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Remembering Freedom Isn’t Free

May 28, 2012

Bill Graham, master of ceremonies speaks about remembering those who lost their lives to give us freedom. For more photos see page 16. Photo by Christopher Roy

NEWPORT CITY – This past weekend, Americans lowered their flags and attended ceremonies to honor the fallen men and women who died while serving in the United States Armed Forces.
Newport’s ceremony included a parade from School Street down Main Street to the Causeway and into Gardner Park for a brief program. Those participating in the parade and program included veterans, veterans’ service groups, members of the North Country JROTC Program, the Newport City Fire Department, the Newport Ambulance Service, politicians, the Newport City School and Derby Elementary School bands, Boy Scouts, Girl Scouts, and Chuck Newton, who drove his father’s antique tractor. Mark Hayes from Hayes Ford provided a car for Grand Marshal Harvey Robitaille and veterans who were unable to walk. 
“A thousand battles of land and sea and air echo the glory of their valiant deeds,” said Master of Ceremonies Bill Graham of Newport City, of fallen veterans. “In the destinies of veterans, their souls go marching on. Because of them, our lives are free. Because of them our nation lives.”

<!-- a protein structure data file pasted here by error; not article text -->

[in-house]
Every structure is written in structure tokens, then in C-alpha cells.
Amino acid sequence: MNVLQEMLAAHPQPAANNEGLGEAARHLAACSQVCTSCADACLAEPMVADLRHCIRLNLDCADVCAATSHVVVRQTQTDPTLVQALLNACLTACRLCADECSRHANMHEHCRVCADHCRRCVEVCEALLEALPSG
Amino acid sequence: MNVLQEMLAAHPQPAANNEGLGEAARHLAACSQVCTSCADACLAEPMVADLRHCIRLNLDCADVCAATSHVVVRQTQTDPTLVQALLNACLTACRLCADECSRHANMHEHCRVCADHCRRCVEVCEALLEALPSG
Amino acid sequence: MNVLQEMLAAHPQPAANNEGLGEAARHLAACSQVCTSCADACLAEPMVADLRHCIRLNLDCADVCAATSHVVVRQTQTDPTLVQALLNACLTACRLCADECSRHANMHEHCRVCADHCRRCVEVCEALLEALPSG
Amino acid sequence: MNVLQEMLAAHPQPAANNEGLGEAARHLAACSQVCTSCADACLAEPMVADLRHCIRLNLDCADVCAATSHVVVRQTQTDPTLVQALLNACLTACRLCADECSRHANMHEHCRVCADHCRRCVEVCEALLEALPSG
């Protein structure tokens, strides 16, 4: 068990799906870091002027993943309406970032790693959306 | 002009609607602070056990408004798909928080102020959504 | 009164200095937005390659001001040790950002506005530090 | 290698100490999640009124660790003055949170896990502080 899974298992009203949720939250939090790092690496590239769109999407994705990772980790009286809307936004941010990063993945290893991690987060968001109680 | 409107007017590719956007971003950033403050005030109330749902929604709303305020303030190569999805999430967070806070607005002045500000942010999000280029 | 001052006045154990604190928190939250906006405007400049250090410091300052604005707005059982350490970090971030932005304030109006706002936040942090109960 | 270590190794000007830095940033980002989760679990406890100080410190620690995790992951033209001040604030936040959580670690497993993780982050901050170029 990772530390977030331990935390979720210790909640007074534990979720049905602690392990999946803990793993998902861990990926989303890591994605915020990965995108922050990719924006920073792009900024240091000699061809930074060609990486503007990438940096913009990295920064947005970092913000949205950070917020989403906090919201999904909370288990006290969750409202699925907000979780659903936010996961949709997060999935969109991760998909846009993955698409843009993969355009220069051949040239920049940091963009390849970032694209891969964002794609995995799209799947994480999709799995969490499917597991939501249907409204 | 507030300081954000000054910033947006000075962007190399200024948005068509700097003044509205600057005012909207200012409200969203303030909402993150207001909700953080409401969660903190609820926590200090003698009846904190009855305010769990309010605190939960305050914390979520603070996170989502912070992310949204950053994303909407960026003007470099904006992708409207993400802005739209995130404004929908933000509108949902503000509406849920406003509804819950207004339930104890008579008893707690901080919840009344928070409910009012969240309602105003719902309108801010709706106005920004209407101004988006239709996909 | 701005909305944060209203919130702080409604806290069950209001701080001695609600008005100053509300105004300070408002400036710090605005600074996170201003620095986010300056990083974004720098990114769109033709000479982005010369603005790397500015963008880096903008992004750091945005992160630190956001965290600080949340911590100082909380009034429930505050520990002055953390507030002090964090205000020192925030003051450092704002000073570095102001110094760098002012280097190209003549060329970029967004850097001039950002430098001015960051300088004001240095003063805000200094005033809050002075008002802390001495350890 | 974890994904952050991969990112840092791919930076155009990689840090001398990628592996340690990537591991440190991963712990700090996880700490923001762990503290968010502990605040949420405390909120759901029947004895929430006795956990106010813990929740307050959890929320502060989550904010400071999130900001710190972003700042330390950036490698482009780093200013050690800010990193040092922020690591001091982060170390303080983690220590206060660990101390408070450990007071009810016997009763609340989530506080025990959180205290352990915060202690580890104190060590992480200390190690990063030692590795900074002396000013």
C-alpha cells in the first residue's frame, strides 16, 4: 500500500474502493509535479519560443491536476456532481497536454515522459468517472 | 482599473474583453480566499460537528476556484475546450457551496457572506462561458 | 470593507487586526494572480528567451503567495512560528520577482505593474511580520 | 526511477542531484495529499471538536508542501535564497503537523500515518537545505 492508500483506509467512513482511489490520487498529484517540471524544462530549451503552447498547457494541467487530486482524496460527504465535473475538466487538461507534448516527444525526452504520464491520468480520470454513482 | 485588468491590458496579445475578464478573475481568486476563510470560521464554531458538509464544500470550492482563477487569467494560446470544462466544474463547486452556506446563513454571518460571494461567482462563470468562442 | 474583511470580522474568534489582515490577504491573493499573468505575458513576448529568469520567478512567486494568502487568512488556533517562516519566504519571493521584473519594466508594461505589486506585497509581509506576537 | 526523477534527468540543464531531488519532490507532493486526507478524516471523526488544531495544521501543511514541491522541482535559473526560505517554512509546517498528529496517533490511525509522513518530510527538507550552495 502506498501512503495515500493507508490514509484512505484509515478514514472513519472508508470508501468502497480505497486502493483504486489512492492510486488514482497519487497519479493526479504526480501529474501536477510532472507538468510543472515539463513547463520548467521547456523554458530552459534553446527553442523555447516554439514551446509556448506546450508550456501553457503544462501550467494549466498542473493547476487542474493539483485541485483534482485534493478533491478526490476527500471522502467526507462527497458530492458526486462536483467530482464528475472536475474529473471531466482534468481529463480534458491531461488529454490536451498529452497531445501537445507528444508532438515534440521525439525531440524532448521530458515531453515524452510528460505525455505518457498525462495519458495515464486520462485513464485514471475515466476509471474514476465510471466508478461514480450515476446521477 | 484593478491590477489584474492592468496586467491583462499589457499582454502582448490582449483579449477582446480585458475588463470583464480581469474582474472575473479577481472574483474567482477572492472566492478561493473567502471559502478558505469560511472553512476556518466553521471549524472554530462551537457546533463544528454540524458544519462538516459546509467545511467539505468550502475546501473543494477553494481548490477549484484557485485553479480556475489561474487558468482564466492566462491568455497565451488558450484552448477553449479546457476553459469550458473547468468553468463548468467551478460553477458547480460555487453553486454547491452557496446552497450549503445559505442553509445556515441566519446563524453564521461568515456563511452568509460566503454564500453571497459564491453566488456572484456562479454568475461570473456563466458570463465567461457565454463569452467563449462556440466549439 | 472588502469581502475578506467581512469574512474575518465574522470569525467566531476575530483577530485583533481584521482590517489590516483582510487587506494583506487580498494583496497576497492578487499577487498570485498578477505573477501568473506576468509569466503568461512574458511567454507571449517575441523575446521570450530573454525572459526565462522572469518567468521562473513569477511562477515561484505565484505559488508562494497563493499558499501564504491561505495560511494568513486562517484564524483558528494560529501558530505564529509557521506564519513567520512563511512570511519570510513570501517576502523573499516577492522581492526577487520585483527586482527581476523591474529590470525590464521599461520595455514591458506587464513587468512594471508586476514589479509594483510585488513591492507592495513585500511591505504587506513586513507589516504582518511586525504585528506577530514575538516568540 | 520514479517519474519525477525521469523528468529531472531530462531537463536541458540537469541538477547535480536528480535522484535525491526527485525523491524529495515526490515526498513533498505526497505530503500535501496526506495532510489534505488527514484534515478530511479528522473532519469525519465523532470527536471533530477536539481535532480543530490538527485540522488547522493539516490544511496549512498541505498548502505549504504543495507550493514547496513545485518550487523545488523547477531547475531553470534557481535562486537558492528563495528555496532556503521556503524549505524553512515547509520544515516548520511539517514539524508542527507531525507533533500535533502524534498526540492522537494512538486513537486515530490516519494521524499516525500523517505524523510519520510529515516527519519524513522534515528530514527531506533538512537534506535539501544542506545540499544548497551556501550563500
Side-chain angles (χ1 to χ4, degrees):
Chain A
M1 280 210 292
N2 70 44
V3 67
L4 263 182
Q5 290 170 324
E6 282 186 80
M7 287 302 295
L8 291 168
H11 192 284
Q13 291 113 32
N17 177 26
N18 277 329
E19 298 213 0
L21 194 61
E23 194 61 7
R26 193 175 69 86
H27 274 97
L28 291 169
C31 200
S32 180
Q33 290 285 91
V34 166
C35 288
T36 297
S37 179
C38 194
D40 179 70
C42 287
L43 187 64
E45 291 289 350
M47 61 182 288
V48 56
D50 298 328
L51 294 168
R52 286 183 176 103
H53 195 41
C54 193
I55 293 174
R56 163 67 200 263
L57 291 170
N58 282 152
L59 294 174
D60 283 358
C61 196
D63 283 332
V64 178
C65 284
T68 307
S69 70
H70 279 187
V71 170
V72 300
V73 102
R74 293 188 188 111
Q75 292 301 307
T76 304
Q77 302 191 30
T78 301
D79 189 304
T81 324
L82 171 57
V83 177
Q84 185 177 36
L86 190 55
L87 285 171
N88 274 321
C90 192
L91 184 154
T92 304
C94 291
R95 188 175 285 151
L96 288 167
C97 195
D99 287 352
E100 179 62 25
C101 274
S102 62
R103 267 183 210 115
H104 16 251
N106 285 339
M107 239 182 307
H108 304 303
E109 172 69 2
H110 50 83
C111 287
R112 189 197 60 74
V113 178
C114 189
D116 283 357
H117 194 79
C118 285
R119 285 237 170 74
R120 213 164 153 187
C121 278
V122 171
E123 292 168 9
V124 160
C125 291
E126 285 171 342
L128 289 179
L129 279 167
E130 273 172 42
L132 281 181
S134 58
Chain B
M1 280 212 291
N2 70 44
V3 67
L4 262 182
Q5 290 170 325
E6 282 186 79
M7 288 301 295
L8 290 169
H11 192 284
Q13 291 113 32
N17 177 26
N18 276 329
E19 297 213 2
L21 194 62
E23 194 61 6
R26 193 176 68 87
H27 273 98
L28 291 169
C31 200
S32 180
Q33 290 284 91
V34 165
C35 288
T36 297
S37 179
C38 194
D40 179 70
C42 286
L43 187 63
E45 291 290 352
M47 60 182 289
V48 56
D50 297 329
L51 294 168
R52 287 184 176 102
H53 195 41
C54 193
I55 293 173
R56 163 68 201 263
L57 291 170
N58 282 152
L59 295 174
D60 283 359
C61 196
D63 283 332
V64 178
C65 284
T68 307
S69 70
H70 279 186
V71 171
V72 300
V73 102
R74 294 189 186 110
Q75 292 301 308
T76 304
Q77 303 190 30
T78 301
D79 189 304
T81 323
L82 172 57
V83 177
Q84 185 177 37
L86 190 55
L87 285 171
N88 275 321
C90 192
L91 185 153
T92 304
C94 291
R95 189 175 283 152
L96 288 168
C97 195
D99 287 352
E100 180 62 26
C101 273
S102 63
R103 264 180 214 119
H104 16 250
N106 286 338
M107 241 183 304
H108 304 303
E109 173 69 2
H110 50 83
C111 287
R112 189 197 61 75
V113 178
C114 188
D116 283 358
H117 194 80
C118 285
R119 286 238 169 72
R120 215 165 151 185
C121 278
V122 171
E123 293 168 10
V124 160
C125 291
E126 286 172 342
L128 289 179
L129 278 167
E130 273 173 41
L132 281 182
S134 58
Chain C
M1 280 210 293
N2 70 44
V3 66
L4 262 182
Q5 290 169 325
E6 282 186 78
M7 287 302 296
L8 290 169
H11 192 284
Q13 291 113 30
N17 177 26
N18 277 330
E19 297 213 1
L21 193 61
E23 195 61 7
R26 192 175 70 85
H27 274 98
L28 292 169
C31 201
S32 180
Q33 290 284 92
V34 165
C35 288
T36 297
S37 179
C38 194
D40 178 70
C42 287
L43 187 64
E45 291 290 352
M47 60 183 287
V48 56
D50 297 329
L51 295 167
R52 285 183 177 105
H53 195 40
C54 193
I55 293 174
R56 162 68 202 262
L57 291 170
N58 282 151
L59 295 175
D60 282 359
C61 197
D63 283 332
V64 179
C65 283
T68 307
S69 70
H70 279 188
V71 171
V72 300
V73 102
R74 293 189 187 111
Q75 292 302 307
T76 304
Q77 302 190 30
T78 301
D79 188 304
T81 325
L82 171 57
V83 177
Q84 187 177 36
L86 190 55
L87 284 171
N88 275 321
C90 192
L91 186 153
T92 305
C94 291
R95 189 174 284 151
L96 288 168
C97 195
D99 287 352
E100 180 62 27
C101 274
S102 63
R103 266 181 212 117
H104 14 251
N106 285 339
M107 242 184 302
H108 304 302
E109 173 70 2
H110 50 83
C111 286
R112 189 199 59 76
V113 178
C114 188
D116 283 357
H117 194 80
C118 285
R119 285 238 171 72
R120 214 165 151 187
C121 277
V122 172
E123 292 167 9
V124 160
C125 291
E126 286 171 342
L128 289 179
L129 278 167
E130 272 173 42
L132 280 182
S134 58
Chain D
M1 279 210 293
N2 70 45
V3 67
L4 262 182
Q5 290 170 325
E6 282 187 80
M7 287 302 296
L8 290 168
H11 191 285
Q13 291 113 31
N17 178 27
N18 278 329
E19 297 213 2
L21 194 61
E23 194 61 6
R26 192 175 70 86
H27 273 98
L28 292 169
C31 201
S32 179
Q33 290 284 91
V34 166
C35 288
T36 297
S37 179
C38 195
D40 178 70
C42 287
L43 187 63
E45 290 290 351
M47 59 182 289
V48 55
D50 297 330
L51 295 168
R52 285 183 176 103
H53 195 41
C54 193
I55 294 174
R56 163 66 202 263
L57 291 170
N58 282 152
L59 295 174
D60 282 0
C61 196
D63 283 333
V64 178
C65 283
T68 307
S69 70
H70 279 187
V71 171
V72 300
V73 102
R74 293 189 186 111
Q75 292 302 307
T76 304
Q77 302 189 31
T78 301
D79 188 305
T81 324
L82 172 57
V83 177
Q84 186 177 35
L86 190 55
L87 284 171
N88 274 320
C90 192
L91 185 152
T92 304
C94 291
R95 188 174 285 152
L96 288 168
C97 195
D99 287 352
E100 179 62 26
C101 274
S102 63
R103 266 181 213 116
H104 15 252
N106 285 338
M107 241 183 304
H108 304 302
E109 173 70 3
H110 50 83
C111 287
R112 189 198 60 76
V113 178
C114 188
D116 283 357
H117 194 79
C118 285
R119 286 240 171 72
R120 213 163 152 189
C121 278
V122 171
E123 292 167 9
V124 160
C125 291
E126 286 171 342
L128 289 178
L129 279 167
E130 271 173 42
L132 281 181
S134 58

Graham thanked the large crowd and participants who attended the parade and ceremony.  Rev. Fred Barker performed the invocation and Pete Robert and Robitaille posted the MIA/POW Flag.
Newport City Mayor Paul Monette said he couldn’t help but think about how great it is to live in the United States, the home of the free and the land of the brave. This is especially true after seeing news stories about citizens of other countries who try to garner their freedom from their oppressive government.
“It makes me truly proud to live in this country and to honor all the brave men and women who sacrifice their lives so we can enjoy our freedom,” said Monette. 
Monette closed with the poem “When I’m Gone,” written by Lyman Hancock.
Memorial Day is a time to remember those who gave the ultimate sacrifice, said Col. Keith Wooster, from the North Country JROTC program. “It’s an enormous sacrifice that we as a nation have made over the last century,” said Wooster. “The price of our freedom, the price to maintain our liberties has exceeded 600,000 in the last 90 some odd years.”
Rep. Mike Marcotte of Coventry thanked all veterans on behalf of non-service members. He also thanked members of the JROTC and members of veterans’ service groups. 
“I thank you veterans for the sacrifices that you made on our behalf,” said Marcotte, who was speaking to the veterans. “It’s a debt we will never be able to repay.”
“Memorial Day is a patriotic holiday,” said Sen. Robert Starr of North Troy. “I look at it as the same as the Fourth of July patriotic holiday. But, we are commemorating those who have given their lives to defend our country and what sacrifice they and their families have made so we can be here to be free.”